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One of Scott's "Other" Teams

We’ve all heard this over-used cliché before – it takes a village. And there is a reason why – because it does take a village to do anything effectively!

“It” – in the case today (Friday), means the success of HMA Public Relations now and in the future.

So, the HMA team is hitting the road for a special company retreat, which will focus on continuing to build our village including company culture, harnessing creativity, getting organized for the rest of the year, goal-setting and – of course – having some fun together.

Now, there are a lot of books, blogs and business advisors out there spouting off about a zillion tips for team building – or village maintenance.

Among my favorites:

But, enough with the “experts.”

While we here at HMA are off building our village/team, we would love to get some insight from all of you on effective ways you’ve found to do the same. How do you do it?

Alison Bailin
Alison Bailin
Senior Account Executive Alison has a lot to say…about pretty much everything...all the time. From the current state of public relations to the social media impact on Shark Week to crisis communications in the sports world, Alison’s blogs are focused on “amusing through her PR musings,” and then some. Check out Alison's full bio

3 Comments

  1. Yvette R. says:

    I work with the best people in my workplace. They are professional, hard-working, genuine people, who never forget to inject a sense of humor in a work day. We have potlucks every month with a theme, usually celebrating the birthdays for the month. These lunch events encourage us to “break bread” and get to know each other in a more personal level (but not too personal). For me, it helps me appreciate my co-workers even more…in a professional and personal level. I think these simple events are always appreciated by our team and makes our team more cohesive and effective. Plus, we all gain weight together, so there’s no hating because someone’s skinny. : )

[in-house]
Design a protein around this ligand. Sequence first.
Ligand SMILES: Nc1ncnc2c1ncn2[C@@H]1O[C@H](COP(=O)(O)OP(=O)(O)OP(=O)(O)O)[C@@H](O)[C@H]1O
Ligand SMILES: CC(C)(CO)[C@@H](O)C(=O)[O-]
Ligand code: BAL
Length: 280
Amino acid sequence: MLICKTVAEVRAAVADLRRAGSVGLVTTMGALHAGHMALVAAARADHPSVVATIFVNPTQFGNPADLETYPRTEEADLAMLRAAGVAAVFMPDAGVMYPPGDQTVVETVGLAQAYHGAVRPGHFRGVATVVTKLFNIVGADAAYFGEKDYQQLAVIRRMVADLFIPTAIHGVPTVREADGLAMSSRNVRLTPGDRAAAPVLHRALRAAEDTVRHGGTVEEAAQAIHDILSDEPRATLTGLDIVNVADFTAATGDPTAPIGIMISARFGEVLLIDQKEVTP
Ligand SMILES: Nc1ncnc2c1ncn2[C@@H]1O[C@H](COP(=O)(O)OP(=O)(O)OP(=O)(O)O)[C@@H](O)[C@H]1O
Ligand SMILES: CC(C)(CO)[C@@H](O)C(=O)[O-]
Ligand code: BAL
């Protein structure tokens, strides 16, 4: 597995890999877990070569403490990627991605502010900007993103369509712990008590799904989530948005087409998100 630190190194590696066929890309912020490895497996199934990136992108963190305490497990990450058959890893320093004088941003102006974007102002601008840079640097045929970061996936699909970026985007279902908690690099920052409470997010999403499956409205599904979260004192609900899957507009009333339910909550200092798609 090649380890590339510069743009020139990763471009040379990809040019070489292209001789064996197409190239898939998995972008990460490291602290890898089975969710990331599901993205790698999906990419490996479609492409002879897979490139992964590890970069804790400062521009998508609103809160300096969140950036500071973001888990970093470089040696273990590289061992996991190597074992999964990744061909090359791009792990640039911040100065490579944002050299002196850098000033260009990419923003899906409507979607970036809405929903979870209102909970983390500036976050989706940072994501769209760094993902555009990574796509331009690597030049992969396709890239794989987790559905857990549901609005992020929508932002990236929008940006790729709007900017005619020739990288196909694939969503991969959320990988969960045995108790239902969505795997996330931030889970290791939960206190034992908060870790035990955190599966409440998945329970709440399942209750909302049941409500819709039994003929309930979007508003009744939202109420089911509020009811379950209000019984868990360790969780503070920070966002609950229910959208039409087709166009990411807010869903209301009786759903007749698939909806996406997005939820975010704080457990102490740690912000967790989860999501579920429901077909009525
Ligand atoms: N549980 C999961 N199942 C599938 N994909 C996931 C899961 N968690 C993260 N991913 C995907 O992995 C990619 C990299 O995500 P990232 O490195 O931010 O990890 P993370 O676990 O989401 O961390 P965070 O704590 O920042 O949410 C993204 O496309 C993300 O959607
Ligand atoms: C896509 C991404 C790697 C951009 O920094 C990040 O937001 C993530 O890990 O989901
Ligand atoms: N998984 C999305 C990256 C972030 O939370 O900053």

2. One of my favorite ways to improve a team is to reconsider how and what it communicates. Until people learn how to truly understand one another, much can be lost in the transmission of information we are sure we made perfectly clear. Still more resources can be misdirected because of different interpretations of goals and objectives; different application of values or a variety of fears that inhibits teammates from risking full engagement.

    So basically, (because I know you’re always dying to know what I think) I believe most team building exercises are a bunch of hooey until you all truly understand the dynamics of great communication.

  3. Jane Stimmel says:

    We’ve done friendly competitions like bowling, wii bowling combined with business planning sessions. It is also great to volunteer together especially with people you don’t know very well, you can learn a lot about one another! And people love food so have something with food, always!!

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